ST. LOUIS -- Still unable to shake the ragged play that has restrained them from gathering any sustained traction this season, the Cardinals ended June in a most unfamiliar spot.Thursday night's 4-2 loss to the Royals extended the Cardinals' home losing streak to seven, the franchise's longest since 1983. It
ST. LOUIS -- Still unable to shake the ragged play that has restrained them from gathering any sustained traction this season, the Cardinals ended June in a most unfamiliar spot.
Thursday night's 4-2 loss to the Royals extended the Cardinals' home losing streak to seven, the franchise's longest since 1983. It also put a bowtie on the month, the first in which the Cards have posted a record below .500 since June 2012.
"It's all there, and it's just a matter of us continuing to work," manager Mike Matheny said. "When we have games that don't look like what we want them to look like, we can't buy into the fact that that's who we are because that's not. I know we have it in us."
The errors -- official or not -- piled up in the I-70 Series finale. The Cardinals committed three in the field, another on the bases and couldn't make anything of the six walks Royals starter Chris Young issued in his laborious four-inning start. The offense mustered three hits.
St. Louis, which hasn't won at home since June 5, has scored 14 runs during this Busch Stadium skid, which began with sweeps by the Astros and Rangers. The results could have been drastically different, too, with a little crisper play. None of the Cards' 13 losses this month came by more than four runs. Seven were one-run defeats.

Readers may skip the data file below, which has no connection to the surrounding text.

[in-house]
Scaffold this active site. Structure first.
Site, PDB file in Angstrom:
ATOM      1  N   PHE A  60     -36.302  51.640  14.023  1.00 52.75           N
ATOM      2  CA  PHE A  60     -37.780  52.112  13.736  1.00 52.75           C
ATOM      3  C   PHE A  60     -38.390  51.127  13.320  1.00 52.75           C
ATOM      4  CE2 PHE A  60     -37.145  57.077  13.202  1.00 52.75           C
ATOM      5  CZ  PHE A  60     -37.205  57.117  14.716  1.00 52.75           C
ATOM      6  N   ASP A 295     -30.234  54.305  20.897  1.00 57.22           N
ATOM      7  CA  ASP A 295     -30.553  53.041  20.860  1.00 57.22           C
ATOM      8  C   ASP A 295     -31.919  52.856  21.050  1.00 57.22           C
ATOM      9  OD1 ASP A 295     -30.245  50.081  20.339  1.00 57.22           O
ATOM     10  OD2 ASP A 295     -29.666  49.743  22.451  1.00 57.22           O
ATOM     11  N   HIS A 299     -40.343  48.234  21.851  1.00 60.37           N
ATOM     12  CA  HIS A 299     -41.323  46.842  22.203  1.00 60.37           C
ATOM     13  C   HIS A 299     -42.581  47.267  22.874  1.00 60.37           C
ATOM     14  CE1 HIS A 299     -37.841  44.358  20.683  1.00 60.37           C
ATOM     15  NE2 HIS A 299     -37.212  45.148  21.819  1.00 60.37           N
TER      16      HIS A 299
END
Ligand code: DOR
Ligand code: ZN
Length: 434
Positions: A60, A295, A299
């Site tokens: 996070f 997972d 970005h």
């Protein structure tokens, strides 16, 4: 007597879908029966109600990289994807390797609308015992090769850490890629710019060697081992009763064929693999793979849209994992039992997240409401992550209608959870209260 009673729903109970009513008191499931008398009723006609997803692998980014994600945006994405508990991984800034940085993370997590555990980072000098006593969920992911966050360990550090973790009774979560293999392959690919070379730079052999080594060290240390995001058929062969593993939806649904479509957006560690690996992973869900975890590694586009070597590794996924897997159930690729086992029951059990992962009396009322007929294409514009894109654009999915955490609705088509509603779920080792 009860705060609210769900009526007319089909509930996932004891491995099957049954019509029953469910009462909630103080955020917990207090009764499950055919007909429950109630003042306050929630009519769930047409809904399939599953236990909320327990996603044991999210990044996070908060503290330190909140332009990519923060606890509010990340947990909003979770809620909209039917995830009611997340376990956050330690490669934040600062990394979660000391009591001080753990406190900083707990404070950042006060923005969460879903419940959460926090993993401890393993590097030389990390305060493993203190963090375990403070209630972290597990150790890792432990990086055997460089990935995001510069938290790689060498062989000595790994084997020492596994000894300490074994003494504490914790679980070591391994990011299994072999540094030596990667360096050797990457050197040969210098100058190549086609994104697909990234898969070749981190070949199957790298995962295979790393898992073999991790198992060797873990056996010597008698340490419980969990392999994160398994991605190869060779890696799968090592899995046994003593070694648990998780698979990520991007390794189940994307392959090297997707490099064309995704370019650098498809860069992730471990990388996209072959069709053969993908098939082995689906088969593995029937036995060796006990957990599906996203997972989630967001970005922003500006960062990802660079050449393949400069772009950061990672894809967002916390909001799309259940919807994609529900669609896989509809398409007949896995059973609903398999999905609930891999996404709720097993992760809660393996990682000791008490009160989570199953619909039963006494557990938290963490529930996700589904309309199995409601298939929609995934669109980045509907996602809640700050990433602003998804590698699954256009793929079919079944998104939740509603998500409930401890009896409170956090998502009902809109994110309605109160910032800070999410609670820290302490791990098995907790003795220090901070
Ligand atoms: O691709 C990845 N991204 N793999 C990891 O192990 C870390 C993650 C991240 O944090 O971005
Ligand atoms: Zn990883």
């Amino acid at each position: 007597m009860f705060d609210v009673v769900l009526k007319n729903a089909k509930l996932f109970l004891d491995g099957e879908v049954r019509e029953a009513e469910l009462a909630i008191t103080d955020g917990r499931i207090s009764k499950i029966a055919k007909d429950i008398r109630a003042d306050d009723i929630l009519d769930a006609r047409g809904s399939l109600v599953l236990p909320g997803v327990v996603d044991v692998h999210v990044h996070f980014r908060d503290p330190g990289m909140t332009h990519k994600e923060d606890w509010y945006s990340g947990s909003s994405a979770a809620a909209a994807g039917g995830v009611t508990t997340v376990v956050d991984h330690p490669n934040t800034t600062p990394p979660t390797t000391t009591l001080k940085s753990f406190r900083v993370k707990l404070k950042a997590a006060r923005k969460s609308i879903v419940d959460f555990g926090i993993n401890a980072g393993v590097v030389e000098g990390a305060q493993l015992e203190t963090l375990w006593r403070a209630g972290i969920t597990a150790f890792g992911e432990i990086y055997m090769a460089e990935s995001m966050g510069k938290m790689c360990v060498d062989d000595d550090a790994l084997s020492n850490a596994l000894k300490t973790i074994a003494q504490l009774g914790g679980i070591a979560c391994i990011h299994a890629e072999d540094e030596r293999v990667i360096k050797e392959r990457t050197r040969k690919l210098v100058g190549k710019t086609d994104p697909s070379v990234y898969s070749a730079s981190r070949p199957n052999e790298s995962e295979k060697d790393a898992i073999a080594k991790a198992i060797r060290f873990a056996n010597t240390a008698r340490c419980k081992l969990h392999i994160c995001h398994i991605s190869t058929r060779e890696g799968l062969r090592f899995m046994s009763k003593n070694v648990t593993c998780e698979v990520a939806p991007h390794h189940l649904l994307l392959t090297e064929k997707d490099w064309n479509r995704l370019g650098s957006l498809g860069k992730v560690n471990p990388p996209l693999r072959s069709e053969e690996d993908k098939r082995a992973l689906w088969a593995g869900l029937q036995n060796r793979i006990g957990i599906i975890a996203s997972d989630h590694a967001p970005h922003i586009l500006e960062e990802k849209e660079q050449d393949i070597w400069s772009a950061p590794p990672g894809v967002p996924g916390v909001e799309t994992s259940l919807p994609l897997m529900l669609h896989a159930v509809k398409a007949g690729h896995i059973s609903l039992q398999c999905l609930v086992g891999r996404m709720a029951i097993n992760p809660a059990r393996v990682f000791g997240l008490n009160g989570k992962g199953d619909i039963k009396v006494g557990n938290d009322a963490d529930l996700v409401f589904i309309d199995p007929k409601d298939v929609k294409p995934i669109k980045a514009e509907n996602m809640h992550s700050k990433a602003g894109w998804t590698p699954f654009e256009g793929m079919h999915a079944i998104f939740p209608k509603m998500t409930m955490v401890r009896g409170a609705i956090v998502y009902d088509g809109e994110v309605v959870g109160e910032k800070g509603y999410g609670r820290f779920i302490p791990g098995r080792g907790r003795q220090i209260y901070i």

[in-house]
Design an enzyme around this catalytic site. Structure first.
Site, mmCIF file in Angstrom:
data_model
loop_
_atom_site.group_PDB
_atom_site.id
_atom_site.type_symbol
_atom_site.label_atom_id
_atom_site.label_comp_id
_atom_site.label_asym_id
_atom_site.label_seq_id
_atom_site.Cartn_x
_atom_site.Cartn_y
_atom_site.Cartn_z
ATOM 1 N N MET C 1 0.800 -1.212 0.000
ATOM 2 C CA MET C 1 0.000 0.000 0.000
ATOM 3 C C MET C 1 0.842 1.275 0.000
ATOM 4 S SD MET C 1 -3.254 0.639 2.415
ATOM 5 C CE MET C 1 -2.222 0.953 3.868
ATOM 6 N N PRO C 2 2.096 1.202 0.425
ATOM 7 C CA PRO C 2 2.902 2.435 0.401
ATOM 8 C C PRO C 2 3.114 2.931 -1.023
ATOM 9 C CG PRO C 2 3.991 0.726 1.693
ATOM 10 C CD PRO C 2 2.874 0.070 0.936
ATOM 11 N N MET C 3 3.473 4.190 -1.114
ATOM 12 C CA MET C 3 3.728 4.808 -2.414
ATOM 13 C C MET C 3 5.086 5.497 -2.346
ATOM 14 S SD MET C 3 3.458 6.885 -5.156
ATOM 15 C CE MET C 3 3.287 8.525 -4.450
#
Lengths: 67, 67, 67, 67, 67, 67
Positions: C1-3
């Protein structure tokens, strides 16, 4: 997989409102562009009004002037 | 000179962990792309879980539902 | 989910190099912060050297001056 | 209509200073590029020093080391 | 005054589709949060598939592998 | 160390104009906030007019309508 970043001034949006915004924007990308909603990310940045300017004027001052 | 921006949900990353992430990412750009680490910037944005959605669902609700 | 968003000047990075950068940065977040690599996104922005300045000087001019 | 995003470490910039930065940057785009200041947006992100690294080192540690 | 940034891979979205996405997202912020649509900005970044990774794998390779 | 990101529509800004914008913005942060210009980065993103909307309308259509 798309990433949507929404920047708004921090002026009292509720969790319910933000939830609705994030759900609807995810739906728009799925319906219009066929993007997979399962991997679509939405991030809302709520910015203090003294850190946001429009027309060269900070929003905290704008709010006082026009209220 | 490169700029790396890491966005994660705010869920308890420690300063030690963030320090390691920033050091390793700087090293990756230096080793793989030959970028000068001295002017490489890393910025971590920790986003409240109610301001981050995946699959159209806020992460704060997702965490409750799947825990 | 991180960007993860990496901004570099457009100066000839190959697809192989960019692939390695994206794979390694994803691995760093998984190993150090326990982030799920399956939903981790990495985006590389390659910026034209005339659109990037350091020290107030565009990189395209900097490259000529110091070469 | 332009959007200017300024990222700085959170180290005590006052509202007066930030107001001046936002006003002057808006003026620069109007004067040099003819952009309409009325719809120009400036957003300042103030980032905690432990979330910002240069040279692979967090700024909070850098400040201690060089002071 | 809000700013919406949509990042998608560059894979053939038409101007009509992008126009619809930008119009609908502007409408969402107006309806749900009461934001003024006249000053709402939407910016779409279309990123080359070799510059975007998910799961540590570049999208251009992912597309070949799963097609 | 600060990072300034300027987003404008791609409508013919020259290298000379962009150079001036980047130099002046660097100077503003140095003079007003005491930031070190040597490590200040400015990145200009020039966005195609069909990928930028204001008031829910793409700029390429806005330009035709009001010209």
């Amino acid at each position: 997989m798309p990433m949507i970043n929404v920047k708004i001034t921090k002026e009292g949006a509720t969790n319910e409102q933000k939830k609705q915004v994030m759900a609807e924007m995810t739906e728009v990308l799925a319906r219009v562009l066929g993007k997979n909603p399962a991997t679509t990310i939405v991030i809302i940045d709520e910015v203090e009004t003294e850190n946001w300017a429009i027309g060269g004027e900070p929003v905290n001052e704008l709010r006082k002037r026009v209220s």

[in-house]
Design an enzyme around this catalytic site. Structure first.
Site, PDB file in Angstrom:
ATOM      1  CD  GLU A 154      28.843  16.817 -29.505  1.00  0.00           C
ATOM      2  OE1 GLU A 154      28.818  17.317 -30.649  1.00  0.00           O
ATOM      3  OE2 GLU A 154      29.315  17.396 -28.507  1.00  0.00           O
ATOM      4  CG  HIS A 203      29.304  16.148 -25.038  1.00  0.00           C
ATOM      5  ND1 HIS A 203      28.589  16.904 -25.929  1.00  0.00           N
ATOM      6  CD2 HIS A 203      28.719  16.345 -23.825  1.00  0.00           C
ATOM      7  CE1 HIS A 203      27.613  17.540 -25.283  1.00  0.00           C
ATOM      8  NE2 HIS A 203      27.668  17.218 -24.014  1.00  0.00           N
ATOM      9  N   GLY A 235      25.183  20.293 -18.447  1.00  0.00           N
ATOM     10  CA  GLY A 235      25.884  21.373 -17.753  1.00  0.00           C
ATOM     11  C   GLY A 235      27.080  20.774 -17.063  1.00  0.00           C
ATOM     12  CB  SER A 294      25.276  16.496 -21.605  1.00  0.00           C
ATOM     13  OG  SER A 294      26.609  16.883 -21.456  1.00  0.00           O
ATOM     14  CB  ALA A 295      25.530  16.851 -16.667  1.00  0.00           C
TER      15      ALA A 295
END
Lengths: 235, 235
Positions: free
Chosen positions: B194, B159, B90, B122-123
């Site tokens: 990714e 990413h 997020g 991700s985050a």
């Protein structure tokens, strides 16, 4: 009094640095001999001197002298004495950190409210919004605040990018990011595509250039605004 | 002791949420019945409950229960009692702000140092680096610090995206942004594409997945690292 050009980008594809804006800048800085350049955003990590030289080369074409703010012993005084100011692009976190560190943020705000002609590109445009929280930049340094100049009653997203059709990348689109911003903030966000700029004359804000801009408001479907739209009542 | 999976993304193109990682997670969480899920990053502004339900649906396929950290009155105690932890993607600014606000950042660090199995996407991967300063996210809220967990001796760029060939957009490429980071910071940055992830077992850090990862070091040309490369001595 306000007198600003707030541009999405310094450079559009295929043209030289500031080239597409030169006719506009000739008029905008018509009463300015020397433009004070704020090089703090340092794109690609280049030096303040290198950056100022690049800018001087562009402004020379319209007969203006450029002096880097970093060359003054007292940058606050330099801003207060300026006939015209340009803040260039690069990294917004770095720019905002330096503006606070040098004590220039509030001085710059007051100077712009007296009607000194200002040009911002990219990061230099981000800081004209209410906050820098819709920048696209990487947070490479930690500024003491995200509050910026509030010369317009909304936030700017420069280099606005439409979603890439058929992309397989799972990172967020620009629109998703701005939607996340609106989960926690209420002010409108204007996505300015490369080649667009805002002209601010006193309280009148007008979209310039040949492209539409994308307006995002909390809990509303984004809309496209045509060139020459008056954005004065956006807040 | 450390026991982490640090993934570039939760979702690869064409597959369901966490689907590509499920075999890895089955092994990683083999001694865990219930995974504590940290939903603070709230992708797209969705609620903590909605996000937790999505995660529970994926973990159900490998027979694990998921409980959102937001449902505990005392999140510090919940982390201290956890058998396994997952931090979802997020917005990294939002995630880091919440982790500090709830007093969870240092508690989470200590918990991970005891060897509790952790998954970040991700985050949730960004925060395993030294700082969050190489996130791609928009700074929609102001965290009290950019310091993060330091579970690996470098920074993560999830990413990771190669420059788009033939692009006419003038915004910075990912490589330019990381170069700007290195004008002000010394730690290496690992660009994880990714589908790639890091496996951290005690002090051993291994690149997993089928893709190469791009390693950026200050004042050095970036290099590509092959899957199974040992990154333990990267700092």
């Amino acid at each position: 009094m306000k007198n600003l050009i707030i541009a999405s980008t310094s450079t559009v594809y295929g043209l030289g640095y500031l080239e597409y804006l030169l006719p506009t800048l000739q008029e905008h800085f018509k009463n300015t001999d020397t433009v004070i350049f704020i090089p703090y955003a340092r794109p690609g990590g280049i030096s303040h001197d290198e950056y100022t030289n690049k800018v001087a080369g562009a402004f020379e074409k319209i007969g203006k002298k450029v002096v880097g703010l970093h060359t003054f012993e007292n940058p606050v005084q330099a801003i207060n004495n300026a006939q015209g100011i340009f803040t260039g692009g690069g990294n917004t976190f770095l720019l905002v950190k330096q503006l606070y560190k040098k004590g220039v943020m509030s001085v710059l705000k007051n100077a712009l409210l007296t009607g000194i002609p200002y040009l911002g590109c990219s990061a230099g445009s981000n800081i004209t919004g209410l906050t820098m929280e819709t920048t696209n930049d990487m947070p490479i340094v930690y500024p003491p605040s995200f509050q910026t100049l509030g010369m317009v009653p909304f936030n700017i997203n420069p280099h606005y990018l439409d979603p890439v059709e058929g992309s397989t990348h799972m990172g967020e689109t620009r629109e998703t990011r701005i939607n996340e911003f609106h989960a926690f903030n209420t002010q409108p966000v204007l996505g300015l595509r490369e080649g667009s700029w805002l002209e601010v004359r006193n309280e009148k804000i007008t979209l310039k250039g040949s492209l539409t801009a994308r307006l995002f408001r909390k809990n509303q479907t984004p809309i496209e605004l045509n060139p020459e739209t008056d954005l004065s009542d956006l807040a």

A club that didn't lose its 23rd home game last year until Sept. 7 lugs a 15-23 home record into July.
"It's surprising and it's disappointing," said Brandon Moss, who hit his 17th homer in Thursday's loss. "We know we have to play better at home. You don't see many teams that go to the playoffs that don't play well at home. You have to be a place where people don't want to play you at, and I think over the course of the season we'll look up and have a good record at home."
Explanations for the discrepancy between the home and road results were tough to generate inside the Cardinals' clubhouse.
"There is zero theory you're going to convince me of," Matheny said. "We're going to play 81 games here, and we're going to play well at home. It's just going to go in spurts where it doesn't look like you want it to. I haven't see us play a different brand of baseball here than anywhere else. Just the results have been real different."
The Cardinals have averaged 4.3 runs per game at Busch Stadium, compared to 6.0 on the road, where they enjoy a plus-74 run differential. The home-run rate is slightly better on the road (1.5 to 1.2), as is the staff ERA (3.85 to 4.06).
This would be an opportune time for the Cards to reverse that trend. They've got another seven home games leading into the All-Star break and then open the second half with a 10-game homestand. St. Louis hasn't lost eight straight at home since 1958.
"I don't think we're working uphill, I just think we're trying to find our groove and we just haven't found it yet," said losing starter Mike Leake. "Do we have mistakes? Mental errors? Absolutely. But we're living through it. It's not like we're hiding it. It's just a matter of fixing them and working at them and just getting better."
Jenifer Langosch has covered the Cardinals for MLB.com since 2012, and previously covered the Pirates from 2007-11. Read her blog, follow her on Twitter, like her Facebook page and listen to her podcast.